Tim O’Brien (The illustrator that made this painting) is an Illustrator and portrait painter. He has an inspiration of pop culture where he infuses into artistic visions that simultaneously reveals strangeness and familiarity. Most of his work is cliented to TIME Magazine, including the painting above. Other clients include from Der Spiegel, TV Guide, New York Magazine, The New York Times, Newsweek, Business Week, and many others. He also designed United States Postage Stamps and won multiple awards in the Society of Illustrators in New York City which he is the president of many illustrators.

In the painting about Trump, the illustrator, Brien created the sense of realism of Trump in the president room while mixing mother nature such as the rain and the floods, creating a cold story of the painting. President Trump has a variety of some colors which shows the Hierarchy that the audience looks at this first and then the flood with the gradients of water, making it realistic as an ocean. The setting is in a rainstorm with dark clouds raining in a 45-degree angle, interpreting that the wind is blowing east, which affects Trump’s Tie, his hair, and papers. The combined sense of realism and the destruction of mother nature affecting realism creates a gloomy story of Trump producing the disaster of the world.

Henry Chang – Field Trip Discussion


These works by Rebecca Hendin were done for an editorial series under BBC. “Lost In A System’ is about a drug crisis in UK prisons, and how a son of two parents were startled in post cannabis personalities and growing mental health issues. It’s a grim story and the artist of the editorial, Rebecca Hendin, reflects the concepts using the appropriate color schemes and texture.

The monotone color of teal gives just enough personality to imitate specific shadow colors. The usage of color aside from grayscale is what gives a bit more life to the artwork. Grayscale in itself is an uninteresting, and newspaper like colortone. To at least set a hue gives it more ways to take it than just a sad story. Even while there is a teal tone, it’s not impossible to distinguish what colors are what. The Union Jack flag can still be seen to have a red tone, even under a sea of its counterpart color.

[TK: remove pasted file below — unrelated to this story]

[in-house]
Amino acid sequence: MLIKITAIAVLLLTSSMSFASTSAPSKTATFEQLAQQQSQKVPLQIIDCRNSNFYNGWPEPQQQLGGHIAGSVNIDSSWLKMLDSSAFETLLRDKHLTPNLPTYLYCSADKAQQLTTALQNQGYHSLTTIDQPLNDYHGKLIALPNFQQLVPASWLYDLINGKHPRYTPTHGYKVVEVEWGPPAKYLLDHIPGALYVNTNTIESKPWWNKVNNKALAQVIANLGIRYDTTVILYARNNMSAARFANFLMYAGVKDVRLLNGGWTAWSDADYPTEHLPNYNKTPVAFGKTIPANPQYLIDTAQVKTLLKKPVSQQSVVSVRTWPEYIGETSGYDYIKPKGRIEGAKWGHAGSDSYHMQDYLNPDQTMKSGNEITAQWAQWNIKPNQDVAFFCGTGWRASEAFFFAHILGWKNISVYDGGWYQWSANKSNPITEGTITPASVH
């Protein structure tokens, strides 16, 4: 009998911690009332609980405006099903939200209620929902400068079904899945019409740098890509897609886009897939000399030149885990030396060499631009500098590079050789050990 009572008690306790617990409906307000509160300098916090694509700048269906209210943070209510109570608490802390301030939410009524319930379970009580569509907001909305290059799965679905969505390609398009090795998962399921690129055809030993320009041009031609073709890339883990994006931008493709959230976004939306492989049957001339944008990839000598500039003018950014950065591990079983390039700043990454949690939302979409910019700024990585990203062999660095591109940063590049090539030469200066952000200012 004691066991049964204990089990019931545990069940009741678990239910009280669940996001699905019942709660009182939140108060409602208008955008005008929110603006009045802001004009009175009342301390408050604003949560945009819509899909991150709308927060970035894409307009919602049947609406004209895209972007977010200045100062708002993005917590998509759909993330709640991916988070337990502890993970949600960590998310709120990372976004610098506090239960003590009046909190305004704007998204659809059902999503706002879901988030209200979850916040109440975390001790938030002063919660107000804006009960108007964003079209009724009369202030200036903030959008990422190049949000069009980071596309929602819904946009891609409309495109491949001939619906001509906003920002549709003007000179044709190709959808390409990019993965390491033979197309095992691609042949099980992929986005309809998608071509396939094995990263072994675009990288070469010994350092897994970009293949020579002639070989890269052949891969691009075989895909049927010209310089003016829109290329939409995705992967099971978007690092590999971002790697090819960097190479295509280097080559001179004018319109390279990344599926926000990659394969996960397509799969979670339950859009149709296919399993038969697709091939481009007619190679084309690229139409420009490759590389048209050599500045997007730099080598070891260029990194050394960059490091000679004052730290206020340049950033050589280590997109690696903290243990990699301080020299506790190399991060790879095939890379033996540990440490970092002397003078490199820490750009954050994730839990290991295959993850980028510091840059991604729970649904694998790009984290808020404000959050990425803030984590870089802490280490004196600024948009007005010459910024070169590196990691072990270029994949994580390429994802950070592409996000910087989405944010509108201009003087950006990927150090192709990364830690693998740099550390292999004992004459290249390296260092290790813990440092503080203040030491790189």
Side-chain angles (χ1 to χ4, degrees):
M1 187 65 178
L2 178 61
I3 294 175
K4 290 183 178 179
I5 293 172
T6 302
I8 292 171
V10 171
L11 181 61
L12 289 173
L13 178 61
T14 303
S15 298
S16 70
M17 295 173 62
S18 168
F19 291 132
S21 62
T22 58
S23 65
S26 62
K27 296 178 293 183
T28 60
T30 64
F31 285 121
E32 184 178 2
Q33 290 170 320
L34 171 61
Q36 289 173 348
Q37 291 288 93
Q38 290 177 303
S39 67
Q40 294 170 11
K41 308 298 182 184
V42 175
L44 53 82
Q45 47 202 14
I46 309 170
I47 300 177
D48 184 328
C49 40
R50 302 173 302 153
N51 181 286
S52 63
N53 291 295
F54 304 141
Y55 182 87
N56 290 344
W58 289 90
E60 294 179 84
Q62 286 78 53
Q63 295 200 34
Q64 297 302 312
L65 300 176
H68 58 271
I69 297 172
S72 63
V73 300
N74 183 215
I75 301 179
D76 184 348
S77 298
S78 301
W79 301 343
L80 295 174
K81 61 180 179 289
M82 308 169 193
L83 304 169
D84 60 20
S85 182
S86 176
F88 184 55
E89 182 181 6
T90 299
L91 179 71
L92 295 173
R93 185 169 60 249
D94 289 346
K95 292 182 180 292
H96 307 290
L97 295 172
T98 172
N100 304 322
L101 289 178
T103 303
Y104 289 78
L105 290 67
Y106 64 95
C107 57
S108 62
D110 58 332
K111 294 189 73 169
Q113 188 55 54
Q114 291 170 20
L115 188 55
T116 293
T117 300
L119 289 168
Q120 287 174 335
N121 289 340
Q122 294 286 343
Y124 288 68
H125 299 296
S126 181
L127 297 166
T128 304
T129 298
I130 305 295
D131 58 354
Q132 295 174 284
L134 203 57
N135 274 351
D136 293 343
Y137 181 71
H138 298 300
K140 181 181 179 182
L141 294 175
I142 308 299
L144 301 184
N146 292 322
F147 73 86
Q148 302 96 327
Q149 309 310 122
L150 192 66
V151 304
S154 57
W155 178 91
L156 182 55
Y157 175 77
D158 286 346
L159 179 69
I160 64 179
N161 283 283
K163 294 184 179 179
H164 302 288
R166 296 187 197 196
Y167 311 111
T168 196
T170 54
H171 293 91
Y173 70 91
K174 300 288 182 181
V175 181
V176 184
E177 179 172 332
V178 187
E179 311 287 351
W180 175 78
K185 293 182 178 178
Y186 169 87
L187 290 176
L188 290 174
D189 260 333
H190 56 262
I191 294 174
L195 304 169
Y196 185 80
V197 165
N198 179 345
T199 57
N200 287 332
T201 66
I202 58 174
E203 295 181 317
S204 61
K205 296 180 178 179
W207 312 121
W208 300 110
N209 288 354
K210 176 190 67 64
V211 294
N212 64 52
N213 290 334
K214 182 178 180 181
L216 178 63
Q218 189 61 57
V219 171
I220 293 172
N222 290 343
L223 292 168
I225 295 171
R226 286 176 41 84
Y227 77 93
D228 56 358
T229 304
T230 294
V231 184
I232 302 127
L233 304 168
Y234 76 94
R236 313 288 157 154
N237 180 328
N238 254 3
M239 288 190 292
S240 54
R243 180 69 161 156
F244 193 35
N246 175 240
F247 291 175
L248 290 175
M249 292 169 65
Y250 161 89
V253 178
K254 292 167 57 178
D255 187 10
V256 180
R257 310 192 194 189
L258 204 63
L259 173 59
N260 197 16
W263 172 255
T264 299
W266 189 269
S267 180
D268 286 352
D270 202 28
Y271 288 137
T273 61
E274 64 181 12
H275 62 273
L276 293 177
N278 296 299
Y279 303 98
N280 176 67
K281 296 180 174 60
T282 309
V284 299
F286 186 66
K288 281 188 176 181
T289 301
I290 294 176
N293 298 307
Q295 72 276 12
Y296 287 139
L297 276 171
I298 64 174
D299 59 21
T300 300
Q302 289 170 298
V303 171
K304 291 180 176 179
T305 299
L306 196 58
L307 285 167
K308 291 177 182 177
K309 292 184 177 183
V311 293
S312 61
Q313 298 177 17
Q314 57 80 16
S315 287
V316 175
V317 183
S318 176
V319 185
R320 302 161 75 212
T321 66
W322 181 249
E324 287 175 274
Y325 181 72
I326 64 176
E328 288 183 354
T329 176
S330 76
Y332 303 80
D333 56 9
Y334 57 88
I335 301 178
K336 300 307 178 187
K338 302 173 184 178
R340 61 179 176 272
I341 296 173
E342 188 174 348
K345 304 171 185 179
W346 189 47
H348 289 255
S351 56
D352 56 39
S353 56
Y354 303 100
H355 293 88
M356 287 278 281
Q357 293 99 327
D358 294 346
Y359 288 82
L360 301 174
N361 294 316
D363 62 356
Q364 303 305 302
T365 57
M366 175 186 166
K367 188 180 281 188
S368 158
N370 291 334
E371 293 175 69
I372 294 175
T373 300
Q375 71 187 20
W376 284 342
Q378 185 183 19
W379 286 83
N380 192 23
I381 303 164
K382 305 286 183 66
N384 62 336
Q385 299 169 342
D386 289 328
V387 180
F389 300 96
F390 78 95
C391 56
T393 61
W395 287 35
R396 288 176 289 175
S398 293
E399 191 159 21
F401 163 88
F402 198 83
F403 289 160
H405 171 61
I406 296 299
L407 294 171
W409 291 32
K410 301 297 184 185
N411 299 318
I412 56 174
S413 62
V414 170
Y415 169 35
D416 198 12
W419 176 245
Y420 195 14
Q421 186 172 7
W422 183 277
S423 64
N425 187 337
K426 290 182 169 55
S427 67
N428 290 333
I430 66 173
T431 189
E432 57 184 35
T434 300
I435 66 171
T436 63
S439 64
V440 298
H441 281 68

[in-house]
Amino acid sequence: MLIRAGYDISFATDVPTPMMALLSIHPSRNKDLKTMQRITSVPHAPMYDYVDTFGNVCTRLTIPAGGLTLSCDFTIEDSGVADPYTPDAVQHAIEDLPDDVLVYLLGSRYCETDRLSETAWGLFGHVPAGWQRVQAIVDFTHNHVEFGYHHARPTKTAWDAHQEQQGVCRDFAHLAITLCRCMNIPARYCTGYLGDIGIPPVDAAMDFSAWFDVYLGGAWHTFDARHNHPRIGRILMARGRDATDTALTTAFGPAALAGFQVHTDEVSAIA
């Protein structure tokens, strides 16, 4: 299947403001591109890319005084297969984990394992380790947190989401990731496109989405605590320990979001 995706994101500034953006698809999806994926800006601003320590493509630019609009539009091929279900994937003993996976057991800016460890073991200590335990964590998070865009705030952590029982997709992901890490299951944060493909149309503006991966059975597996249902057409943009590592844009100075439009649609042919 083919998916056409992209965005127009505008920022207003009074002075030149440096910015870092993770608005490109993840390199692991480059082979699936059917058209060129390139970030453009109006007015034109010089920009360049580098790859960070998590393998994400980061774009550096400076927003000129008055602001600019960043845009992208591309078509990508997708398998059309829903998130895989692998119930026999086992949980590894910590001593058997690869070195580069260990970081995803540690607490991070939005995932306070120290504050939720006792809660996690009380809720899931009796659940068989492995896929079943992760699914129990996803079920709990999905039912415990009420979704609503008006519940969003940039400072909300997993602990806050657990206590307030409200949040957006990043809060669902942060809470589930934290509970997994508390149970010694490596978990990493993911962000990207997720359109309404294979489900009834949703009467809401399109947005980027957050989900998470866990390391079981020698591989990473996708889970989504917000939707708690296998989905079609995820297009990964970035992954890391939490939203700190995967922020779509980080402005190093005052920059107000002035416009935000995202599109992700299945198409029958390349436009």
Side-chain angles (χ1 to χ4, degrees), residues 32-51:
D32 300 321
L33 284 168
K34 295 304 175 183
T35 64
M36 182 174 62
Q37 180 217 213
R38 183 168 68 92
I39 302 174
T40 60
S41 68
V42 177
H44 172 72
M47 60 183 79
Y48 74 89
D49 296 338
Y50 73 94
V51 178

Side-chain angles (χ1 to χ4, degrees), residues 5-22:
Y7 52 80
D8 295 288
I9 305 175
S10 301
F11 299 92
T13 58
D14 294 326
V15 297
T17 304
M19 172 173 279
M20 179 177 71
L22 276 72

Material wise, the granularity and scratches combined cover the flat surfaces of color, giving texture to the work. Line strokes are varied or non existent to determine distance of the object, which gives varied indication of what shade the object is.

Overall, these pieces are accompanied by grittiness and grain by the stroke, but it works to express the tonality of the work, as well as make good non-simplified detail which is very fit for an online posting. The colortone is right for the expression of the story too.

Field Trip Paper

How to Break Up With Your Phone by Miguel Portan


From the moment I saw this piece it caught my eye. ¬†It’s not very much to it and it’s straight to the point but is it so relatable. It is digital art ¬†with sort of a paint based look by Miguel Portan. Which I believe make it into the New York Times. It displays a person trying to disconnect from their phone but some parts of the person’s face is still glued to the phone causing the face to look irregular and elongated. The image doesn’t have much shading or details. It’s very simplistic with very few colors but a certain kind of texture to the coloring making them pop. The movement in this piece is very well constructed as I find my eyes shifting from the person’s face to the phone and then back. The negative space in the piece and the contrasts between the red shirt and green background makes for a very eye pleasing visual, I think it gives the image unity. For me the two focal points is the person’s face and the phone.